Lewis Thorpe labored for two years through Tommy John surgery and a lengthy bout with mononucleosis to make it back for the start of the 2017 campaign. The Twins No. 11 prospect proved the hard work was worth it Thursday night.Thorpe fanned a career-high 12 batters and allowed only one
Lewis Thorpe labored for two years through Tommy John surgery and a lengthy bout with mononucleosis to make it back for the start of the 2017 campaign. The Twins No. 11 prospect proved the hard work was worth it Thursday night.
Thorpe fanned a career-high 12 batters and allowed only one hit and a walk over seven scoreless innings as Double-A Chattanooga defeated Biloxi, 12-2, at AT&T Field. The seven innings tied Thorpe's longest pro outing in which he struck out 11 Jupiter batters on Aug. 31, 2017 for Class A Advanced Fort Myers.
Gameday box score
"We saw his talent before he got hurt and all the different things he had to endure. He's starting to show that," Twins vice president for player personnel Mike Radcliff said. "We're trying to bring out that talent we know he has, so this is nice to see for him. Hopefully it gives him a great boost and a shot of confidence and inspires him to keep on going."
The Australian southpaw jumped out to a quick start, firing 4 2/3 perfect frames with first 11 punchouts of the contest. He struck out the side in the third, beginning a streak in which he fanned seven of his next eight opponents. The streak was snapped when Blake Allemand grounded a single to center in the fifth. But Thorpe induced Tyler Heineman to line out to end the frame.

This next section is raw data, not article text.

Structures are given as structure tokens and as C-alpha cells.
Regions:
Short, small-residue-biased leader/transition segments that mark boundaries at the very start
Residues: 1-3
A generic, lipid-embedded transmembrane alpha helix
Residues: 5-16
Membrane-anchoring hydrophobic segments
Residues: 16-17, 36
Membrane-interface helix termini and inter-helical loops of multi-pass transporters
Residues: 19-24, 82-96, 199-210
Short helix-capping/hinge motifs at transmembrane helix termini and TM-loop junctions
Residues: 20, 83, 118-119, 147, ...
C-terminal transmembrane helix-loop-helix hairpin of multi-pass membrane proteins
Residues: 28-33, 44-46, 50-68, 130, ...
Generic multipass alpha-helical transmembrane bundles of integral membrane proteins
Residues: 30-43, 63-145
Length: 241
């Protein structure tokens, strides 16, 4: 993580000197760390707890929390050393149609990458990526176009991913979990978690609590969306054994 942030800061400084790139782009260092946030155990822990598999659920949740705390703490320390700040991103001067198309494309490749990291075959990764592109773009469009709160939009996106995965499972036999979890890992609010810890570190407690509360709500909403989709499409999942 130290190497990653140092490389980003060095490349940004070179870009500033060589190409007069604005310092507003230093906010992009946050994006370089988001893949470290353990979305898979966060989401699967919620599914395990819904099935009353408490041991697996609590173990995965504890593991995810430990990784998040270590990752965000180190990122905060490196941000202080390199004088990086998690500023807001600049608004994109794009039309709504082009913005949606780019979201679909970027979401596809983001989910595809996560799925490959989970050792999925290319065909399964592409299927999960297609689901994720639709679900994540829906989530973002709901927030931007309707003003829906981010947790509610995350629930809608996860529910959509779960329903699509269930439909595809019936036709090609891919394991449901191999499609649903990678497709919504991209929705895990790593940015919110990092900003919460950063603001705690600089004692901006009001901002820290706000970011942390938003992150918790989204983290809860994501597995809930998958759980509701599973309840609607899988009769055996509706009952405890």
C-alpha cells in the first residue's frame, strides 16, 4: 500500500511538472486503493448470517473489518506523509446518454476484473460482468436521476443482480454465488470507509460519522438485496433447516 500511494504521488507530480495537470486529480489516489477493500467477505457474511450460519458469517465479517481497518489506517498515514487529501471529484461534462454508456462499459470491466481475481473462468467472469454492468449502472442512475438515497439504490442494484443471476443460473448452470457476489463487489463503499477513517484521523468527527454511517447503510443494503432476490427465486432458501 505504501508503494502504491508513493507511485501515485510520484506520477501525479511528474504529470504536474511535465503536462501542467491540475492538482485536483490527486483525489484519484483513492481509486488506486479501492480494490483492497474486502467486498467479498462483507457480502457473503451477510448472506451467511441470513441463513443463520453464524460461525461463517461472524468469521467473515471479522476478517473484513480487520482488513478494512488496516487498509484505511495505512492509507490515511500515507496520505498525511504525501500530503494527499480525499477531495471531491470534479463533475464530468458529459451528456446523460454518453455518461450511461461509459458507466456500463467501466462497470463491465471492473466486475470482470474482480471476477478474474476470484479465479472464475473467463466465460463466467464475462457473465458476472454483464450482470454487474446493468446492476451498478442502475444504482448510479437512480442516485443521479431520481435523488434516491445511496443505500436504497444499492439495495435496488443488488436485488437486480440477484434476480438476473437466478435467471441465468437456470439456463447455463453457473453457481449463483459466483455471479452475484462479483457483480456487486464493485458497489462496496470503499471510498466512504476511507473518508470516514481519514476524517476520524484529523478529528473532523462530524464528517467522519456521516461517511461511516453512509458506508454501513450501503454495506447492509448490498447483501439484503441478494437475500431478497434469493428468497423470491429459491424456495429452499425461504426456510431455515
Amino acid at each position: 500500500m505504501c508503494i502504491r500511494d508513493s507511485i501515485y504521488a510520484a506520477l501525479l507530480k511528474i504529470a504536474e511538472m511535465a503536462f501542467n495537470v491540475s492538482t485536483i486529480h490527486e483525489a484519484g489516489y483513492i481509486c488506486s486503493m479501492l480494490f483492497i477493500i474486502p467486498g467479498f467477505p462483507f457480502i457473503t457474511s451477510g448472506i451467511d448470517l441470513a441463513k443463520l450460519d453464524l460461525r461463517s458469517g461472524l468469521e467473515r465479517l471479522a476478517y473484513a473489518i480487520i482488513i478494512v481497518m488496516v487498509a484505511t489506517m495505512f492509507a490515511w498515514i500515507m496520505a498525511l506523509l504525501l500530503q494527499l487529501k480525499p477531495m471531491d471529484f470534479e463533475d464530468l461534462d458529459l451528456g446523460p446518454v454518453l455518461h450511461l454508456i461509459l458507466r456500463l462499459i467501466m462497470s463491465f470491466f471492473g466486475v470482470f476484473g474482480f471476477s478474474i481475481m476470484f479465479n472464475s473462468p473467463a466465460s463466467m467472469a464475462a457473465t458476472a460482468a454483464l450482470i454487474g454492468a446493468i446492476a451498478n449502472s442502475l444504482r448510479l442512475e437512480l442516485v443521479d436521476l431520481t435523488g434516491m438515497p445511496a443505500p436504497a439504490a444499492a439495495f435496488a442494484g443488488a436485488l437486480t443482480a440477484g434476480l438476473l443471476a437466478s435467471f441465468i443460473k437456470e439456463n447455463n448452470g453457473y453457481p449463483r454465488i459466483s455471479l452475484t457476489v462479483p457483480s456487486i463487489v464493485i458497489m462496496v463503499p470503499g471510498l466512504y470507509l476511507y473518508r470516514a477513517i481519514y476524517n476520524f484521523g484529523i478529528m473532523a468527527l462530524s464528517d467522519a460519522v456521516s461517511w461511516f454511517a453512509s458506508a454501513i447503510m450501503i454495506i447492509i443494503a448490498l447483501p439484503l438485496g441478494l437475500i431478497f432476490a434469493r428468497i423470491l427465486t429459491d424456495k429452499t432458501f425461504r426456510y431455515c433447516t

The 22-year-old walked Brewers No. 7 prospect Trent Grisham with one out in the sixth, then sat down his final five batters. He needed only 10 pitches to finish off the seventh, inducing groundouts from top Brewers prospect Keston Hiura and 17th-ranked Jake Gatewood before No. 3 Lucas Erceg popped out. Thorpe threw 84 pitches, 60 for strikes, after giving up 16 hits and 11 earned runs in 9 2/3 innings in his previous two starts.
"Maybe this is the beginning of the final push that we all hope and believe is possible," Radcliff said. "It's just one performance and just another piece in this long journey. But he's gone through so much that to have something like this can spur a guy on."
Radcliff said the Melbourne native needed some time to find himself last season. With low-90s velocity on his fastball, Thorpe had to establish a mix of his secondary pitches and fine-tune his command in order to be effective. The Twins continued to use him as a starter in hopes that, despite the time off, Thorpe still possessed the big league-level talent they saw in him when he was signed as an international free agent on July 12, 2012.
He finished 2017 with a 2.93 ERA through 83 innings. He gave up four runs on five hits over six innings in his Double-A debut on Aug. 20. After a solid Spring Training, Minnesota officials gave him the opportunity to start 2018 with the Lookouts, where he's recorded a 4.26 ERA over 14 games.
Radcliff emphasized he's taking Thursday's start at face value, but he wasn't afraid to ponder Thorpe's ceiling.
"Spring Training was a big deal when we finally saw his capability again, the better pitches, better finish, better snap, better fastball," he said. "He's got the physical things back in place, and now he has to hone his craft.
"We think he can start for us. It's easy to go to the bullpen with a guy who's been out that long and have him throw an inning or two, but we think he has starting potential. He has a ways to go, but this was good."
Jimmy Kerrigan led the Lookouts at the plate with four hits, four runs and two RBIs while Chris Paul doubled twice on a three-hit night and notched six RBIs.
Nathan Brown is a contributor to MiLB.com. Follow him on Twitter @NathanBrownNYC.